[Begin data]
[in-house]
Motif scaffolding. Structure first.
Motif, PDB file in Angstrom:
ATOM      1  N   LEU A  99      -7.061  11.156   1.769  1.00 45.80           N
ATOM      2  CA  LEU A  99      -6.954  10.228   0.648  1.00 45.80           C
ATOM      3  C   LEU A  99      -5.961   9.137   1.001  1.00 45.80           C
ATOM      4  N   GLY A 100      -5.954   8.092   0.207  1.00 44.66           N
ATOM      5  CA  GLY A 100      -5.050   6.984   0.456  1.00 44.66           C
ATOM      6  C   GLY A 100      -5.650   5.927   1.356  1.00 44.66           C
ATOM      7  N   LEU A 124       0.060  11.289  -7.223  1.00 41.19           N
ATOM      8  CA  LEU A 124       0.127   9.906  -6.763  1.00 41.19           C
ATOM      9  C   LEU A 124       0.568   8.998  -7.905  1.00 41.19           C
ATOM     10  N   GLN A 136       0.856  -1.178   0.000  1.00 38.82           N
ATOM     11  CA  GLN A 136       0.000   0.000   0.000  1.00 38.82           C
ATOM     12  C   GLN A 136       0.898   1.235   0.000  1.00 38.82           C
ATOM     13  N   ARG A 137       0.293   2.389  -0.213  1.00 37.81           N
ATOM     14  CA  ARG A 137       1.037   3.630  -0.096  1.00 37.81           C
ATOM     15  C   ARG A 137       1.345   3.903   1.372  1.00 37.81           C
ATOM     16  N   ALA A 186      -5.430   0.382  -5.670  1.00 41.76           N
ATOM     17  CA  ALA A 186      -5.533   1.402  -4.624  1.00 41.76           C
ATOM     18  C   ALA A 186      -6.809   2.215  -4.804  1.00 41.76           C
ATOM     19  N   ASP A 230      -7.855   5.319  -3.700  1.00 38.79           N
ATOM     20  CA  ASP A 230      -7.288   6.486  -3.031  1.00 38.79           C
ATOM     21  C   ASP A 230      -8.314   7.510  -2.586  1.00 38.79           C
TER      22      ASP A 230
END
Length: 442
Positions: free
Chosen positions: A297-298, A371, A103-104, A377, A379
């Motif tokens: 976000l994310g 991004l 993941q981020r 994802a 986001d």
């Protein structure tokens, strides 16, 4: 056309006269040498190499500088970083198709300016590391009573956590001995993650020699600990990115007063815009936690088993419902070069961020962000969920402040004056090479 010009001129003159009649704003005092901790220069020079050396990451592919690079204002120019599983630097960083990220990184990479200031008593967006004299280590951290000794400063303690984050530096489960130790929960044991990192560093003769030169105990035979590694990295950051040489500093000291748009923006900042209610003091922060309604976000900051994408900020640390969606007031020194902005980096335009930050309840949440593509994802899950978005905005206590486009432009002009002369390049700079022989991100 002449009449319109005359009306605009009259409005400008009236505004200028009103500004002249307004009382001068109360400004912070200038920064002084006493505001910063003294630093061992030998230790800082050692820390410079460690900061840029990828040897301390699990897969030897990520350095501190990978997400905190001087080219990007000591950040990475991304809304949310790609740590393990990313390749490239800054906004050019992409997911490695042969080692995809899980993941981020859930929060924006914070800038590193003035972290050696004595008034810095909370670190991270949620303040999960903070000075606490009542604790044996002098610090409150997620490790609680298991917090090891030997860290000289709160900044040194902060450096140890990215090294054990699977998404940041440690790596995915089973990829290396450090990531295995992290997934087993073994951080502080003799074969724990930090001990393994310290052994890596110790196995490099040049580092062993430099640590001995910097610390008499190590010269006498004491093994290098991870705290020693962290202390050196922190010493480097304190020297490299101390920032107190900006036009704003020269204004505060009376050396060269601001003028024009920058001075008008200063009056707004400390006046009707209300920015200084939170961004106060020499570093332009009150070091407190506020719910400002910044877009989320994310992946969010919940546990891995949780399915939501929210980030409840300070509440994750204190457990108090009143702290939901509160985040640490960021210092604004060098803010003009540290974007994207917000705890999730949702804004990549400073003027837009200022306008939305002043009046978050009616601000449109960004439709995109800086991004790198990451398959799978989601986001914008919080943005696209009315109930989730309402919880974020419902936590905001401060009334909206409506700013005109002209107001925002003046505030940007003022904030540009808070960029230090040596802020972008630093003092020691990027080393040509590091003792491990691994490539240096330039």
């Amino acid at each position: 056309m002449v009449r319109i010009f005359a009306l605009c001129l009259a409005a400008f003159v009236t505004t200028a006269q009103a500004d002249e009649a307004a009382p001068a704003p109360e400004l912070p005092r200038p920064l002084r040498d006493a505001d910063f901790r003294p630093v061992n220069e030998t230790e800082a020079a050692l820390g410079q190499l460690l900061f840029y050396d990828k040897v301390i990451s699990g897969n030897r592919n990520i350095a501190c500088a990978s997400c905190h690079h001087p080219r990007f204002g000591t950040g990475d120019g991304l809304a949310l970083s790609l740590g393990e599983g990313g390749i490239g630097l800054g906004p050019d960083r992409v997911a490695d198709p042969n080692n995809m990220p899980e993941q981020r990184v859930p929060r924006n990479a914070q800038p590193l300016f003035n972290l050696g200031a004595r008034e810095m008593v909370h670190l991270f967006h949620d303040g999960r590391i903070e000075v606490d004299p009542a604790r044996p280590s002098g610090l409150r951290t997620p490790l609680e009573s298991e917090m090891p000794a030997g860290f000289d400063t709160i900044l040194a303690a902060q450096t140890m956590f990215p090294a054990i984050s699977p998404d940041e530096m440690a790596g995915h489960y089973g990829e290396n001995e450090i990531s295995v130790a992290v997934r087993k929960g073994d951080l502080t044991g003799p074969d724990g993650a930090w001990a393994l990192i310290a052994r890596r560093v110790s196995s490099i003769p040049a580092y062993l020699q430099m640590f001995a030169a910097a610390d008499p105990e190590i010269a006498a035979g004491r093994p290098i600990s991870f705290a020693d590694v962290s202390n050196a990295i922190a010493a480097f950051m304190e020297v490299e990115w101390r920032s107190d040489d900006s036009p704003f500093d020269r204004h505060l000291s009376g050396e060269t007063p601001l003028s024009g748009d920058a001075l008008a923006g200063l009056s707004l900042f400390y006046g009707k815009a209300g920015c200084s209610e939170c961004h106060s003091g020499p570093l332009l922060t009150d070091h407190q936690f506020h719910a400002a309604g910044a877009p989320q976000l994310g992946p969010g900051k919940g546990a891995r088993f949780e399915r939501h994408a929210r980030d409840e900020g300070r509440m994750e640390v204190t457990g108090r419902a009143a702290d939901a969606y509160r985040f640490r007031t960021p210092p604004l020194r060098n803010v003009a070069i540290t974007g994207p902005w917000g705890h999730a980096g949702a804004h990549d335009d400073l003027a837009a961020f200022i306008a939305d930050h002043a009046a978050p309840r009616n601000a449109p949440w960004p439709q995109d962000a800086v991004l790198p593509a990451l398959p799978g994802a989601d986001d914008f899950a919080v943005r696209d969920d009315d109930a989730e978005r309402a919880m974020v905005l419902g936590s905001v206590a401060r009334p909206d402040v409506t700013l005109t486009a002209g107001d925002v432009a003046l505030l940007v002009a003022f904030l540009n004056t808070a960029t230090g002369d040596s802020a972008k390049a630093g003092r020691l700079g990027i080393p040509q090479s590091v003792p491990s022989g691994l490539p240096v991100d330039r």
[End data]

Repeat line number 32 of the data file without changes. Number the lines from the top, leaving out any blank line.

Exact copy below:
């Amino acid at each position: 056309m002449v009449r319109i010009f005359a009306l605009c001129l009259a409005a400008f003159v009236t505004t200028a006269q009103a500004d002249e009649a307004a009382p001068a704003p109360e400004l912070p005092r200038p920064l002084r040498d006493a505001d910063f901790r003294p630093v061992n220069e030998t230790e800082a020079a050692l820390g410079q190499l460690l900061f840029y050396d990828k040897v301390i990451s699990g897969n030897r592919n990520i350095a501190c500088a990978s997400c905190h690079h001087p080219r990007f204002g000591t950040g990475d120019g991304l809304a949310l970083s790609l740590g393990e599983g990313g390749i490239g630097l800054g906004p050019d960083r992409v997911a490695d198709p042969n080692n995809m990220p899980e993941q981020r990184v859930p929060r924006n990479a914070q800038p590193l300016f003035n972290l050696g200031a004595r008034e810095m008593v909370h670190l991270f967006h949620d303040g999960r590391i903070e000075v606490d004299p009542a604790r044996p280590s002098g610090l409150r951290t997620p490790l609680e009573s298991e917090m090891p000794a030997g860290f000289d400063t709160i900044l040194a303690a902060q450096t140890m956590f990215p090294a054990i984050s699977p998404d940041e530096m440690a790596g995915h489960y089973g990829e290396n001995e450090i990531s295995v130790a992290v997934r087993k929960g073994d951080l502080t044991g003799p074969d724990g993650a930090w001990a393994l990192i310290a052994r890596r560093v110790s196995s490099i003769p040049a580092y062993l020699q430099m640590f001995a030169a910097a610390d008499p105990e190590i010269a006498a035979g004491r093994p290098i600990s991870f705290a020693d590694v962290s202390n050196a990295i922190a010493a480097f950051m304190e020297v490299e990115w101390r920032s107190d040489d900006s036009p704003f500093d020269r204004h505060l000291s009376g050396e060269t007063p601001l003028s024009g748009d920058a001075l008008a923006g200063l009056s707004l900042f400390y006046g009707k815009a209300g920015c200084s209610e939170c961004h106060s003091g020499p570093l332009l922060t009150d070091h407190q936690f506020h719910a400002a309604g910044a877009p989320q976000l994310g992946p969010g900051k919940g546990a891995r088993f949780e399915r939501h994408a929210r980030d409840e900020g300070r509440m994750e640390v204190t457990g108090r419902a009143a702290d939901a969606y509160r985040f640490r007031t960021p210092p604004l020194r060098n803010v003009a070069i540290t974007g994207p902005w917000g705890h999730a980096g949702a804004h990549d335009d400073l003027a837009a961020f200022i306008a939305d930050h002043a009046a978050p309840r009616n601000a449109p949440w960004p439709q995109d962000a800086v991004l790198p593509a990451l398959p799978g994802a989601d986001d914008f899950a919080v943005r696209d969920d009315d109930a989730e978005r309402a919880m974020v905005l419902g936590s905001v206590a401060r009334p909206d402040v409506t700013l005109t486009a002209g107001d925002v432009a003046l505030l940007v002009a003022f904030l540009n004056t808070a960029t230090g002369d040596s802020a972008k390049a630093g003092r020691l700079g990027i080393p040509q090479s590091v003792p491990s022989g691994l490539p240096v991100d330039r």